This is the first time I've watched a Heath Ledger movie since he died, and I thought maybe it was going to be a little weird. But it wasn't. I stopped thinking about his death within the first 20 minutes, and really was (yet again) swept into how great a performance he gives. It's sad to reflect now, judging by how strong he is in this movie, as he was finally coming into his own as an actor, how much potential he had. I suspect we've lost a lot of great performances with his passing.

Sunday, February 10, 2008


Saturday, February 9, 2008

I waited until the director's cut came out to buy this one. I had heard that the changes were minimal, and I trusted that it wouldn't be radically changed in any way. So, you know, if it's basically the same, why not own the director's preferred version? Also this version has a shitload of awesome special features.

Like I said about Ratatouille the other day, I feel like by the time the end of the year rolled around, everybody forgot what a great movie this is. I mean, I don't expect everybody to love a 2 1/2 hour movie that has a deliberately unsatisfying ending, but come on guys. I mean, fuck the Oscars, I don't care about the lack of Oscar love, but this could have been on some more of the best 10 lists. Let's not count this one out just because it came out earlier in 2007. Not all the best movies come out in the Fall.

Oh P.S., let's hope this film ushers in a new era of artistic maturity for David Fincher, a prodigiously talented filmmaker who made some damn good movies but I don't think until now truly found his voice. Fingers crossed.

The Aviator

Saturday, February 9, 2008

Today I watched Spartacus, and it got me thinking about when beloved directors make bigger, studio/genre films, and not the more personal films we love them for. It's interesting to see their unique style etched onto a generic template.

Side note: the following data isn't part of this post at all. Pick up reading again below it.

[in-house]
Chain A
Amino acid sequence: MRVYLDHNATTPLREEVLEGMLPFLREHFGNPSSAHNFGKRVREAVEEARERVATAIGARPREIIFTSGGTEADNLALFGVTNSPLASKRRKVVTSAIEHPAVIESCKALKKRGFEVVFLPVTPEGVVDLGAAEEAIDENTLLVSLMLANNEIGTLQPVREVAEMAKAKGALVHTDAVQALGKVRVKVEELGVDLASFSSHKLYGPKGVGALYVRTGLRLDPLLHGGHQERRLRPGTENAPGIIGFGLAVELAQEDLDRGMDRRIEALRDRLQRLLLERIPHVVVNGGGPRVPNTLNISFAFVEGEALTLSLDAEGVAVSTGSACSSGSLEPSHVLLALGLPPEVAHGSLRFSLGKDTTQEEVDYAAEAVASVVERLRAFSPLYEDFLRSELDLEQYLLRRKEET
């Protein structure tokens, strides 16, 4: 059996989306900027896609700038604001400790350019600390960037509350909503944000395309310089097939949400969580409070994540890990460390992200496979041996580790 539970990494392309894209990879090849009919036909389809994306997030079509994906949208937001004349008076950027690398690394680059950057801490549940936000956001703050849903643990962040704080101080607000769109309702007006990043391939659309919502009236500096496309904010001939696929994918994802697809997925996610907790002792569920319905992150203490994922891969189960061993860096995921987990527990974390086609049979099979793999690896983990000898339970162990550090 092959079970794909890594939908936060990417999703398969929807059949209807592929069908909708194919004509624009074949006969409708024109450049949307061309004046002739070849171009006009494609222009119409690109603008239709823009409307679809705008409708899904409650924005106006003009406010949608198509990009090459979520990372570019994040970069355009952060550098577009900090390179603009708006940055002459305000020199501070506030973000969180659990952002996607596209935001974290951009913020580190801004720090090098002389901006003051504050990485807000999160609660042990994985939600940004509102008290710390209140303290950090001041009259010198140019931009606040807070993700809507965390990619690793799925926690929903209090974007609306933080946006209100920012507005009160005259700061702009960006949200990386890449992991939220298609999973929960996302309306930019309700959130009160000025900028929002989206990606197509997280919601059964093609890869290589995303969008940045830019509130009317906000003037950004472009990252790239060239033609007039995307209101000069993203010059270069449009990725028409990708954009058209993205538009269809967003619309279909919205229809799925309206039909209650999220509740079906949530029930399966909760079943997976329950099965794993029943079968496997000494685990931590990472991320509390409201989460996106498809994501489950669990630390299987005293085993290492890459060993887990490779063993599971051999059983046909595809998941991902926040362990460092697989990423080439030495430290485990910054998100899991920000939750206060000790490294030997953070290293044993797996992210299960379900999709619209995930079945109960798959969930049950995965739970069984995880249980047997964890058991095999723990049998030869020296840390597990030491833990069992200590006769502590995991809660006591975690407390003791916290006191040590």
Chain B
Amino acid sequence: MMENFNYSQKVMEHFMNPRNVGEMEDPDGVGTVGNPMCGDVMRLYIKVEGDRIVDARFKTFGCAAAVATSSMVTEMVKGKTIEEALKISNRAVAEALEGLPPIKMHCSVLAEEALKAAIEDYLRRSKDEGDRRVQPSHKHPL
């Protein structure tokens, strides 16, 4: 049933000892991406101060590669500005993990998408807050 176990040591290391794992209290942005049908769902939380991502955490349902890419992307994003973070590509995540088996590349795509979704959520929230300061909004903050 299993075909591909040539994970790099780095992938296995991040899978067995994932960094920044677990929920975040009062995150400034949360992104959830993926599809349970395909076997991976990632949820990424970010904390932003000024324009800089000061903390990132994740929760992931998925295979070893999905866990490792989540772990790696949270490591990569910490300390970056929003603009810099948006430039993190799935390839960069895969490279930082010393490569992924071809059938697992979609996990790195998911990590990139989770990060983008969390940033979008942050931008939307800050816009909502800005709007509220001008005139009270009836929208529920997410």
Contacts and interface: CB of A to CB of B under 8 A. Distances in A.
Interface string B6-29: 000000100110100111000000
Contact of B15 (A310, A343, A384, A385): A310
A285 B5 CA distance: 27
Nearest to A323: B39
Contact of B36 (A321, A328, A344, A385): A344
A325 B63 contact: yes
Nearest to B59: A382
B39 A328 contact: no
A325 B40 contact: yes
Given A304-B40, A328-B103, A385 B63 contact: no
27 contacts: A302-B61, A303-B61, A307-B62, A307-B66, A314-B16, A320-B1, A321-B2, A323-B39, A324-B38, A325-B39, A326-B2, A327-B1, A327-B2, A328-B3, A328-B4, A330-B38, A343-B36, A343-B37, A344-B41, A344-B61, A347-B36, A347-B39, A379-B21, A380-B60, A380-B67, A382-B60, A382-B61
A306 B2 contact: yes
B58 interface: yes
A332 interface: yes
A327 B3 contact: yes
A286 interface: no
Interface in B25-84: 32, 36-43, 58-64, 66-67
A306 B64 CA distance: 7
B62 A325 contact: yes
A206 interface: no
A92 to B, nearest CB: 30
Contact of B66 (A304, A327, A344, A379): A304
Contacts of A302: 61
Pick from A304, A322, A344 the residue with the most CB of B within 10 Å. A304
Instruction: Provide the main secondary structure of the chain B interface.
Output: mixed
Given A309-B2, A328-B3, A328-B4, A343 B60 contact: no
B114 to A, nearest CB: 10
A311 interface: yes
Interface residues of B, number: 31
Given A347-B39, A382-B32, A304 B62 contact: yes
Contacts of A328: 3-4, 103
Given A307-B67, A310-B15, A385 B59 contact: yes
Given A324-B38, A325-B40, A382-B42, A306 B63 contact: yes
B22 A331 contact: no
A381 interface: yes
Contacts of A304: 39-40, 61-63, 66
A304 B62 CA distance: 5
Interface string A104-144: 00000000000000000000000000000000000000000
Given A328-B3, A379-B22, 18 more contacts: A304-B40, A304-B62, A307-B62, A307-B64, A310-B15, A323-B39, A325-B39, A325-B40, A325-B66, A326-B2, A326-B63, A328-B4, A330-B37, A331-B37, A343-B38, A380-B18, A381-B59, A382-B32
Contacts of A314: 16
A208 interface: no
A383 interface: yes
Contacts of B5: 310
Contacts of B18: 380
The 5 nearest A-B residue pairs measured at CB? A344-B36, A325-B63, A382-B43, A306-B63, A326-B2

Spartacus is clearly a case where Kubrick didn't have much of a personal connection to the material, and as a result it feels more like a typical genre entry than it does a Kubrick film. The Aviator, however, is a great success. Scorsese takes the standard template of an expensive studio biopic and he tailgates it on the freeway, cuts it off, pulls it out of its car and beats the living shit out of it until it submits. He owns it. Hell, after he's done beating on it, he throws it in the trunk of his car, brings it home, chains it up in his basement, tattoos his name on it and makes it his sex slave.

I think I'm in the minority, but I think it's one of his best. It doesn't have many of his usual themes and obsessions, sure. He's working a little outside of his box here, but I like that. It's something different for him, a challenge. And he proves what a born filmmaker he is by taking what could have been a good but generic Oscar-grab movie and making it undeniably a Scorsese film. The Aviator would be a masterpiece alone just taken on a technical level... it is such a big, expensive, visually complex epic that never once seems to make a wrong move in the staging, or fail to create the appropriate atmosphere. But it is also, to me, one of Scorsese's most moving and insightful films. We know that great acting in one of his movies is a given, but I think we rarely care this much about the characters.

I've seen this one 4 or 5 times now, and it honestly gets better every time. Although well-liked, it was unfairly dismissed by the critical establishment as not being as personal or intimate of a film. (I guess because it lacks his usual catholic guilt). Give it a little more time, though, and I think people will remember it as one of the best biopics ever made.

Death Sentence

Friday, February 8, 2008

I watched this with Shenan as a sort of follow-up to watching Death Wish a few weeks back. It's based on the book that was a sequel to the original book Death Wish, but the movie itself is not a sequel, it's just a revenge movie in a similar vein. This time with Kevin Bacon in the Charles Bronson role, a choice that works well because he's not at all a badass, and therefore is more believable than Bronson as a regular guy pushed to the edge. Bronson is great in Death Wish, but you never really believe him as some liberal pussy in the early scenes.

Death Sentence makes an earnest but failed attempt at being a serious, anti-violence picture. It makes the same mistake most of these films do, which is to subvert it's own anti-violence message by having the violence be the most entertaining part of the film. Also, pretty much all the dramatic scenes don't work.